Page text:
A tender has been floated to choose a consultant for a project that seeks to revive and redevelop a museum-cum-interpretation centre on Shahjehanabad in Lahori Gate area in Old Delhi, civic officials said Sunday.
A tender has been floated to choose a consultant for a project that seeks to revive and redevelop a museum-cum-interpretation centre on Shahjehanabad in Lahori Gate area in Old Delhi, civic officials said Sunday. The facility, housed in a nearly 90-year-old haveli, endowed with ornate wrought-ironwork, was first started in 2004 with the support of the then Chandni Chowk MP Vijay Goel, with an aim to showcase the cultural heritage of the Walled City. It later became defunct.
“We have floated a tender for choosing a consultant for the project. It was done a few days ago. The museum-cum-interpretation centre project will seek to revive and redevelop the old one, with additional features, library and digital technology-driven exhibits,” a senior NDMC official told PTI. The North Delhi Municipal Corporation (NDMC) is the nodal agency for executing this project.
According to the revised plan, object of historical importance, artefacts, old photographs and paintings, and other exhibits depicting the cultural legacy of Shahjehanabad (during Mughal era) are to be exhibited.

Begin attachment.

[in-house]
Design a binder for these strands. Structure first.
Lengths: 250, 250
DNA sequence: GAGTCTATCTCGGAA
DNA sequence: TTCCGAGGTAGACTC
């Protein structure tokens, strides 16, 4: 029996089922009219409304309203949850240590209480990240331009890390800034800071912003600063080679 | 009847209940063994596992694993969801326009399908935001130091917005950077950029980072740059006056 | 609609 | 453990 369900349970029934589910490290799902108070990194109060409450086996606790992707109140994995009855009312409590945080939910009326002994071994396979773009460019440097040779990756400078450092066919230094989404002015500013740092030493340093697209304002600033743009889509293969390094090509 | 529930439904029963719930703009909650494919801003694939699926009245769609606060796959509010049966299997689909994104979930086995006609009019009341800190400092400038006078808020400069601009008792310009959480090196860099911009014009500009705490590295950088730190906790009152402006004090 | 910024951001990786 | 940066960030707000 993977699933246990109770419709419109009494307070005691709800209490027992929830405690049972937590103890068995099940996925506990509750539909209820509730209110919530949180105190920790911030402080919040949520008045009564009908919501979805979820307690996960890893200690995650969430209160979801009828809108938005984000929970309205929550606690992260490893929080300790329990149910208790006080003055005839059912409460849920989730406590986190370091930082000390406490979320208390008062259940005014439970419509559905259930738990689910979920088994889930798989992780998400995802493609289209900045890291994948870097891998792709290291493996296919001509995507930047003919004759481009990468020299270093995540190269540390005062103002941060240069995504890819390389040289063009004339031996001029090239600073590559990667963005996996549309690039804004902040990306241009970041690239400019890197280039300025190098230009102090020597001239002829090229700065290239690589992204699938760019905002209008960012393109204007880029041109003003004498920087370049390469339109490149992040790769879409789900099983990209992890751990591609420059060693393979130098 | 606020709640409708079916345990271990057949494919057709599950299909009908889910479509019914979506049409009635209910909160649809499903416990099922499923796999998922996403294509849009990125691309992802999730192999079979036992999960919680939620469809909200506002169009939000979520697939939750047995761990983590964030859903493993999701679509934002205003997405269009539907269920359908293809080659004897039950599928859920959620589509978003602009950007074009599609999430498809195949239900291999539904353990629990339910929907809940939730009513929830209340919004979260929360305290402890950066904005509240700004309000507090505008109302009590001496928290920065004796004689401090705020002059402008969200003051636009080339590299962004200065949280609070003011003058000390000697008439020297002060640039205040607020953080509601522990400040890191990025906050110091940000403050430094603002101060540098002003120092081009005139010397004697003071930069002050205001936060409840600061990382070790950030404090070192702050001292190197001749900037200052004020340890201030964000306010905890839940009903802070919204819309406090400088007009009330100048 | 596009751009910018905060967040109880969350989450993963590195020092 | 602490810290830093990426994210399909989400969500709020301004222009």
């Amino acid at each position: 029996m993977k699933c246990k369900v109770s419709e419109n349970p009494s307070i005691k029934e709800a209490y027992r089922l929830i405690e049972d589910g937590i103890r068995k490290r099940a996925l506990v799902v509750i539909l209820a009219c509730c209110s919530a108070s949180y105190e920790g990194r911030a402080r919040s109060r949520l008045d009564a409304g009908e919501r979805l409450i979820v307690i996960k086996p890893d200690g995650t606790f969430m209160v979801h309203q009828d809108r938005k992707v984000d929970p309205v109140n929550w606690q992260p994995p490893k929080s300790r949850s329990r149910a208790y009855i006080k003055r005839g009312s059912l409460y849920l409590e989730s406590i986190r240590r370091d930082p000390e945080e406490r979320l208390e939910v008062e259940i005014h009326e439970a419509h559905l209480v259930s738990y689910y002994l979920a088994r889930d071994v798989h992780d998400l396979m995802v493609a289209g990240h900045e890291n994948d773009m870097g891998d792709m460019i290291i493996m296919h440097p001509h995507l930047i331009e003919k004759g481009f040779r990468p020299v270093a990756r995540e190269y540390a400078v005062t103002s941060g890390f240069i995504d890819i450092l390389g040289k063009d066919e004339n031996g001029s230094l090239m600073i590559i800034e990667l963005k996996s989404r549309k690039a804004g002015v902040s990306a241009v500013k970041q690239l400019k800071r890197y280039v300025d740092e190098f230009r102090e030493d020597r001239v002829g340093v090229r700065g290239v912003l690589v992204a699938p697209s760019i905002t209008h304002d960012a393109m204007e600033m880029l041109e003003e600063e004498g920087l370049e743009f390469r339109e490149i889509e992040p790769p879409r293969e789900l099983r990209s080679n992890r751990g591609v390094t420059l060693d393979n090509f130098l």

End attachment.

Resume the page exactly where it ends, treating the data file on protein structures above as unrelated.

The single-storeyed haveli, with a typical facade is located in the vicinity of Khari Baoli, said to be Asia’s largest spice market. Prior to being converted to Walled City Museum, the haveli premises were also used for running a dispensary.
Incidentally, the NDMC has also planned to open a similar cultural facility in the premises of the iconic Town Hall, which it has proposed to lease out to a private player to run a hotel-cum museum. Built in the 1860s, originally known as the Lawrence Institute, the 150-year-old heritage landmark was the seat of the Delhi Municipality, and is a Grade I structure, the highest ranking for any heritage building that forbids any change in its facade and original design.
The redevelopment plan seeks a conservation of the Victorian-era mansion that will also house a museum, retelling the history of Delhi, the centrepiece of the attractions that are to be built.
A craft baazar, a dancing fountain, a maze, light and sound programmes, street food, children activity area, restaurant, courtyard and sculpture garden, digital library, lecture rooms, fine dining areas, are also planned to be developed in its premises.
The cash-strapped corporation had decided to go for this new model for redevelopment of Town Hall, after its Centre-funded restoration plan got shelved.
After trifurcation of the erstwhile unified Municipal Corporation of Delhi (MCD), the Town Hall housed the NDMC headquarters until it shifted to a swanky, multi-storeyed Civic Centre on the Minto Road here.